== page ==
Security Issues: Prime Minister Zardari and his party have always sought widespread civil society support before opting for military solutions. Last year, he referred to drones as counterproductive, yet on the whole, drones have increased during his regime . On terrorism, Prime Minister Zardari has worked with the military establishment on some operations, (such as negotiating peace in SWAT with the Taliban) but insists Pakistan needs the support of civil society to launch operations against militants, while simultaneously censuring the media, judiciary and other right wing parties for not being supportive enough.
American Counterpart: Rod Blagojevich: Two left leaning party leaders jailed for corruption, they also share strikingly characteristic smiles and have suffered the brunt of many a political cartoon. Asif Zardari and Rod Blagojevich also both elicit a love hate response from people, there’s no middle ground; one either likes, or really dislikes them.

The Captain: Imran Khan
Party: PTI

zainab jeewanjee and imran khan smallest

zainab jeewanjee and imran khan

Economic Philosophy: Welfare Policies: Imran Khan says he will “end corruption in 19 days” and plans to sideline the bureaucracy to do so. All economic plans that follow are rooted in this idea. He will declare an energy emergency and claims to end load shedding in 2 years through an oversight board for energy distributers in attempt to make it an apolitical body while privatizing energy companies. He also plans to increase use of coal from Pakistan, and has made calls for an Islamic Welfare State. No word yet as to what the Islamic Welfare State would mean and how to go about implementing it, but it makes for wonderful campaigning with the people.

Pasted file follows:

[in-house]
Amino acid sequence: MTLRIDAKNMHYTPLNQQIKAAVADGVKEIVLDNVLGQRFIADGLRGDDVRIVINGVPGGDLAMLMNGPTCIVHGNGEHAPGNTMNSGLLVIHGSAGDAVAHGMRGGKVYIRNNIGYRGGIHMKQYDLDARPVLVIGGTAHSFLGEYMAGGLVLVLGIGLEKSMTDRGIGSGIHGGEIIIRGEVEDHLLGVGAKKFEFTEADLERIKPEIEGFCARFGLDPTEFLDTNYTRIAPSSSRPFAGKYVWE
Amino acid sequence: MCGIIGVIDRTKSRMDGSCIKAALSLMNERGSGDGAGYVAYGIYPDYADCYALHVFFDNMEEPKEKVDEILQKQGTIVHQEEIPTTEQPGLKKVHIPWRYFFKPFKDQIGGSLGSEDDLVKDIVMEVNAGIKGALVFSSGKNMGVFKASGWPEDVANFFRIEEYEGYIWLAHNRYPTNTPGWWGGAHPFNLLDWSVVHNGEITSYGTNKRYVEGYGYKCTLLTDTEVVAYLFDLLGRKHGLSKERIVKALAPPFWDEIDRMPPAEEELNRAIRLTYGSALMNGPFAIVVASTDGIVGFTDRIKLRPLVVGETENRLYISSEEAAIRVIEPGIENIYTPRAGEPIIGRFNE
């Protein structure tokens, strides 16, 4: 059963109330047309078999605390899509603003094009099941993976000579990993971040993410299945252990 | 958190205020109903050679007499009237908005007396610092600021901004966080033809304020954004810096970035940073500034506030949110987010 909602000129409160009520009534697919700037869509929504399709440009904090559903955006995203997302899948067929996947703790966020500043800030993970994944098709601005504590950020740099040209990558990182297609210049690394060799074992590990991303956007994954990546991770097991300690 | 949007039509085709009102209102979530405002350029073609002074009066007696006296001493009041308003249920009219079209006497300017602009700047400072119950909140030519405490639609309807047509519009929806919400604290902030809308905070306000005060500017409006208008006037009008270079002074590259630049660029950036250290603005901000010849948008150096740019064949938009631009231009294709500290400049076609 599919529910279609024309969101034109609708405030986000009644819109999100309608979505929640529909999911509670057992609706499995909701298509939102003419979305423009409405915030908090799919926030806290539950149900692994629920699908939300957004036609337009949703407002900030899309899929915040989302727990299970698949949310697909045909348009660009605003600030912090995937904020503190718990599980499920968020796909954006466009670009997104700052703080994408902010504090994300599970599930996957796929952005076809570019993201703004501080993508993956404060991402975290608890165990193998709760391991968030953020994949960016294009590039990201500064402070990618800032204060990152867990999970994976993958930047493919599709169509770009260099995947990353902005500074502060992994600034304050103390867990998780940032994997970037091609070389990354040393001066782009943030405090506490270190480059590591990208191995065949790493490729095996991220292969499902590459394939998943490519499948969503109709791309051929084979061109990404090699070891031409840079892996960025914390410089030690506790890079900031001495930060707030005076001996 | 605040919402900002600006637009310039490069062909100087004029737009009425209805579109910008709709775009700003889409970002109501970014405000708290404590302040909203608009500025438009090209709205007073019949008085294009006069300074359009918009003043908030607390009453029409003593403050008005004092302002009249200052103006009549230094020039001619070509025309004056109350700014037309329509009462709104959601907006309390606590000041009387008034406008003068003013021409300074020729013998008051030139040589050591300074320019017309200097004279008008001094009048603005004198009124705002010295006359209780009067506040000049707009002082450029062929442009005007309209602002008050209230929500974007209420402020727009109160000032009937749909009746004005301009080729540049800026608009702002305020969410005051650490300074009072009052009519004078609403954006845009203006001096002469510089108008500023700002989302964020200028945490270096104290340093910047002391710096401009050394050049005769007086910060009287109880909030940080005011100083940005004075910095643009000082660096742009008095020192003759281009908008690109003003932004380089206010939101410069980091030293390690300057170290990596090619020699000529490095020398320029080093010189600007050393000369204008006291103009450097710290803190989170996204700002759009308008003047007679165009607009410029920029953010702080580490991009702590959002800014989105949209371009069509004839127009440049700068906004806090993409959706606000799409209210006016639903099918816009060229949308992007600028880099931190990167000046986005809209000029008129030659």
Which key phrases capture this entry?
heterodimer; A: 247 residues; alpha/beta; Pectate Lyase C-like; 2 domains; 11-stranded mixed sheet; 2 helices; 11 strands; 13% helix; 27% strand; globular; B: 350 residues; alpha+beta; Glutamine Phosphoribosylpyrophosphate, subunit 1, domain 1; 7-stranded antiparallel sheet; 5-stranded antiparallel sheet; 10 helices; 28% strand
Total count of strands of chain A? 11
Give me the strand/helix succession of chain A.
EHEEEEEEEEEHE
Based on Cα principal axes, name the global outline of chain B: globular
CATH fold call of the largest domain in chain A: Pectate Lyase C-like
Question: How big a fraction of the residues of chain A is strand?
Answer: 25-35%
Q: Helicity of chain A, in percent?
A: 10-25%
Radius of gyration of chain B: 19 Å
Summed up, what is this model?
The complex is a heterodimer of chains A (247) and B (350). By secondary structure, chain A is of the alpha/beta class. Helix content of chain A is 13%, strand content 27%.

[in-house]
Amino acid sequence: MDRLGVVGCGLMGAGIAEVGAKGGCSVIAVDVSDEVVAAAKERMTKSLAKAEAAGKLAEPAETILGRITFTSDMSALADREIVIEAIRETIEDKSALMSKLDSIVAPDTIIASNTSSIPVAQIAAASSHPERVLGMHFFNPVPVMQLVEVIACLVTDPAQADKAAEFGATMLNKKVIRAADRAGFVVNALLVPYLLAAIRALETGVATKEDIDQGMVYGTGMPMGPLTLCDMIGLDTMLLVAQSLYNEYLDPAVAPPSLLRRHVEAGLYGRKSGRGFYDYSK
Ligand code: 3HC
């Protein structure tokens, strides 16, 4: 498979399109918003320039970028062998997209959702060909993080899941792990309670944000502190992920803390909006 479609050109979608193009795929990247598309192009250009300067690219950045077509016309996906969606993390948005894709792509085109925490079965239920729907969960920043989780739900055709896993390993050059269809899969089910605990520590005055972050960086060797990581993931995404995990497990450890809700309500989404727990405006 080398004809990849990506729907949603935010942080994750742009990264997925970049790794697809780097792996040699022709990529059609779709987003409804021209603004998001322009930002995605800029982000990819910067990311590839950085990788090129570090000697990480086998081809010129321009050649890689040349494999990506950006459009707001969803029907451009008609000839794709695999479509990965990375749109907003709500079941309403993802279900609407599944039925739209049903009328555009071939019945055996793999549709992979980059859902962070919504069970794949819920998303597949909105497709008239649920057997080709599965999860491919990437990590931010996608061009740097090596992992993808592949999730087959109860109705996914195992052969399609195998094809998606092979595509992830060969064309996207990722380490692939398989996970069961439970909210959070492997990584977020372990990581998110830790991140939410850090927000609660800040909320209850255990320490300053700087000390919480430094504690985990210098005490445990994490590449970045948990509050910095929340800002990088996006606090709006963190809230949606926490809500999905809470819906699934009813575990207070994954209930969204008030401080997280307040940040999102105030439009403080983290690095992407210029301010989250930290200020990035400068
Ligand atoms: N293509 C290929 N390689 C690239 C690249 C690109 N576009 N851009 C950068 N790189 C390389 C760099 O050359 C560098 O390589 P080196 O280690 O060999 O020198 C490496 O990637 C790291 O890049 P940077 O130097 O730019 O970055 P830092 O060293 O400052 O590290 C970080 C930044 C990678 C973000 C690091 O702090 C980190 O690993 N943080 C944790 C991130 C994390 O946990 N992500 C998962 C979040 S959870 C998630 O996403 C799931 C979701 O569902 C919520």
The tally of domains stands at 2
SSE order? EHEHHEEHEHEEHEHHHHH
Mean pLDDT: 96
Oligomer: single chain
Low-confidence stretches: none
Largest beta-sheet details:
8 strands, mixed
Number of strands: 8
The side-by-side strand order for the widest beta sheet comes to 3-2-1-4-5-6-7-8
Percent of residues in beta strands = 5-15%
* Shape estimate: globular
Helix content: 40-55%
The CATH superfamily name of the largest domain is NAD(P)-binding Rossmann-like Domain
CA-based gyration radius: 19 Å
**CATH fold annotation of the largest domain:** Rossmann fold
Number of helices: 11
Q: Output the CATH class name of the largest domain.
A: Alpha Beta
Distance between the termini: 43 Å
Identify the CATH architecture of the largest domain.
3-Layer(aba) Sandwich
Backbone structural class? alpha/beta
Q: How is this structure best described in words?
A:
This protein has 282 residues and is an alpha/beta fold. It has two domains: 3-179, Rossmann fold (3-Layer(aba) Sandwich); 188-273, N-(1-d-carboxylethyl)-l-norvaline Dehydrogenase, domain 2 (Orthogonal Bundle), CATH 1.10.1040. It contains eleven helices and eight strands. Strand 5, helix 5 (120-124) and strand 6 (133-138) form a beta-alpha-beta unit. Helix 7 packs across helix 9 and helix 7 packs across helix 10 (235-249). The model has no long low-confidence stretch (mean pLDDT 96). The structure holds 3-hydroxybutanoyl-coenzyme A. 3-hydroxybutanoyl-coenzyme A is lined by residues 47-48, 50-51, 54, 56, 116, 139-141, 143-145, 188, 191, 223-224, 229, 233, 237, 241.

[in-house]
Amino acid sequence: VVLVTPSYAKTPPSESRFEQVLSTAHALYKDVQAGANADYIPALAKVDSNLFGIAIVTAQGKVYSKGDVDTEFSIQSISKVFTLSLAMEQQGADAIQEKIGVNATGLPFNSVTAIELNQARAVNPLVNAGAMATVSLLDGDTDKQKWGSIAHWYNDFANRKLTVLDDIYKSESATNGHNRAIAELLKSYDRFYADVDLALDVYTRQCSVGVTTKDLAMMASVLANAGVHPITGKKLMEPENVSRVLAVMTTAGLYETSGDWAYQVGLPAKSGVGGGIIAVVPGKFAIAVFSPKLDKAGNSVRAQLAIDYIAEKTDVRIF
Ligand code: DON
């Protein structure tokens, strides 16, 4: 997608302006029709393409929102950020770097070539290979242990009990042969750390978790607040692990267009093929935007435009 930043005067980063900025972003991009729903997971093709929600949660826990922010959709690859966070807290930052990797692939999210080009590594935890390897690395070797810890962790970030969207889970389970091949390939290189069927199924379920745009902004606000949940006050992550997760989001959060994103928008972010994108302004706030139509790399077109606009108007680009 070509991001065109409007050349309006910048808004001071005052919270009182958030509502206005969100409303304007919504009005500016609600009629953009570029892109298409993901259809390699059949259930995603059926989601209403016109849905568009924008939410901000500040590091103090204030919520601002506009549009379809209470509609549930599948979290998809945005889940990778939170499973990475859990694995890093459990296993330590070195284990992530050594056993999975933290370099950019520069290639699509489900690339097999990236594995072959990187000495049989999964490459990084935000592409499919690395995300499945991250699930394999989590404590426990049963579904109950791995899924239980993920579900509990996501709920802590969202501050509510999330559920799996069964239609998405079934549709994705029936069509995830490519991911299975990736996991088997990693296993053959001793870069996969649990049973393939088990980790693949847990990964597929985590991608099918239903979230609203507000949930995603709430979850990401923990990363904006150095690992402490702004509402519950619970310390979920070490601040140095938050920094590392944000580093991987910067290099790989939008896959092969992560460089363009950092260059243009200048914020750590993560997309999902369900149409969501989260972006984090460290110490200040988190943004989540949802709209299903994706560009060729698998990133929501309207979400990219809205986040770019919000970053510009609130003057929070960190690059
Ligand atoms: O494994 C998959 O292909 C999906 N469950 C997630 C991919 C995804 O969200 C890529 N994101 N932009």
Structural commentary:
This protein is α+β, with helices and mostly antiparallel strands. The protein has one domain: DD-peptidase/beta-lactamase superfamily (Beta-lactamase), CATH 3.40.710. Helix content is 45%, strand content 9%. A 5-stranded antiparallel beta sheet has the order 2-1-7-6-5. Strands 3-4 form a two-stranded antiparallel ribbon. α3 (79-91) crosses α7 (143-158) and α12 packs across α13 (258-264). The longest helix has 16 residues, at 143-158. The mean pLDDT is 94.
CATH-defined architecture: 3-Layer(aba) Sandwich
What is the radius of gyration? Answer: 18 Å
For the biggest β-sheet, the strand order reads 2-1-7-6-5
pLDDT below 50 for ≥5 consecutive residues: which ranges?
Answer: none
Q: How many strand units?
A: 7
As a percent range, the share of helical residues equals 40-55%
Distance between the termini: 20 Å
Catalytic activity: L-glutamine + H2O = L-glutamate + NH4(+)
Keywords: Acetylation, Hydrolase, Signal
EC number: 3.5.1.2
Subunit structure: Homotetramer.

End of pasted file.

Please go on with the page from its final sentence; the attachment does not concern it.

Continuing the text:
Foreign Policy: Assertive: “America is destroying Pakistan”, suffice to say Imran Khan is the candidate most opposed to current US policy to Pakistan, while clarifying he is not “anti-west” . He vociferously opposes all post 9/11 Pakistani regimes from General Musharraf to Prime Minister Zardari, for cooperating in what was once known as the “war on terror”. He finds current relations, involving drone attacks in exchange for American aid more than just transactional, but a failure. Referring to it as an “American war on Pakistani soil” , Khan insists on Pakistan’s sovereignty first, and a rejection of American aid if current policies persist . And in regards to India, as a world renowned former cricketer, India may be warm to an Imran Khan regime and such popularity in the Subcontinent could be an opportunity for diplomatic headway in bilateral relations with Delhi.